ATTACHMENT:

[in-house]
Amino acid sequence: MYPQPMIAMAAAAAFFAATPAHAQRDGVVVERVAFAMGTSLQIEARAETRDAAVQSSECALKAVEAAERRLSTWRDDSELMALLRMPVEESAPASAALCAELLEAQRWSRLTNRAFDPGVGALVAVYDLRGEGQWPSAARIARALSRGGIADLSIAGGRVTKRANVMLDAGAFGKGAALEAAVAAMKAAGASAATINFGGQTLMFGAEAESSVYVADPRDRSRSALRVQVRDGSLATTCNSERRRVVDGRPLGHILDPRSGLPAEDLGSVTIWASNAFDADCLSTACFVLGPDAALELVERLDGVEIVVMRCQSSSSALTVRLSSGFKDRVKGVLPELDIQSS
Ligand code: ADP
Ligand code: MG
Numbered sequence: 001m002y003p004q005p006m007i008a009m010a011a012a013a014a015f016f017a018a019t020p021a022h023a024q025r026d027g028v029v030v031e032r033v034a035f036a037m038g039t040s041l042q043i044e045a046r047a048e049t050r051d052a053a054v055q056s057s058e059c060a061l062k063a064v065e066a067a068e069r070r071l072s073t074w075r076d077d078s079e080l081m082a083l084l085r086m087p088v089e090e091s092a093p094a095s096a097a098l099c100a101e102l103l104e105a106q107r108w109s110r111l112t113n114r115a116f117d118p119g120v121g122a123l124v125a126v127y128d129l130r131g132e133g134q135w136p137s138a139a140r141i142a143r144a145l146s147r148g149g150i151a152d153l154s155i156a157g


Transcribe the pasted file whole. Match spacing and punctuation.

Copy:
[in-house]
Amino acid sequence: MYPQPMIAMAAAAAFFAATPAHAQRDGVVVERVAFAMGTSLQIEARAETRDAAVQSSECALKAVEAAERRLSTWRDDSELMALLRMPVEESAPASAALCAELLEAQRWSRLTNRAFDPGVGALVAVYDLRGEGQWPSAARIARALSRGGIADLSIAGGRVTKRANVMLDAGAFGKGAALEAAVAAMKAAGASAATINFGGQTLMFGAEAESSVYVADPRDRSRSALRVQVRDGSLATTCNSERRRVVDGRPLGHILDPRSGLPAEDLGSVTIWASNAFDADCLSTACFVLGPDAALELVERLDGVEIVVMRCQSSSSALTVRLSSGFKDRVKGVLPELDIQSS
Ligand code: ADP
Ligand code: MG
Numbered sequence: 001m002y003p004q005p006m007i008a009m010a011a012a013a014a015f016f017a018a019t020p021a022h023a024q025r026d027g028v029v030v031e032r033v034a035f036a037m038g039t040s041l042q043i044e045a046r047a048e049t050r051d052a053a054v055q056s057s058e059c060a061l062k063a064v065e066a067a068e069r070r071l072s073t074w075r076d077d078s079e080l081m082a083l084l085r086m087p088v089e090e091s092a093p094a095s096a097a098l099c100a101e102l103l104e105a106q107r108w109s110r111l112t113n114r115a116f117d118p119g120v121g122a123l124v125a126v127y128d129l130r131g132e133g134q135w136p137s138a139a140r141i142a143r144a145l146s147r148g149g150i151a152d153l154s155i156a157g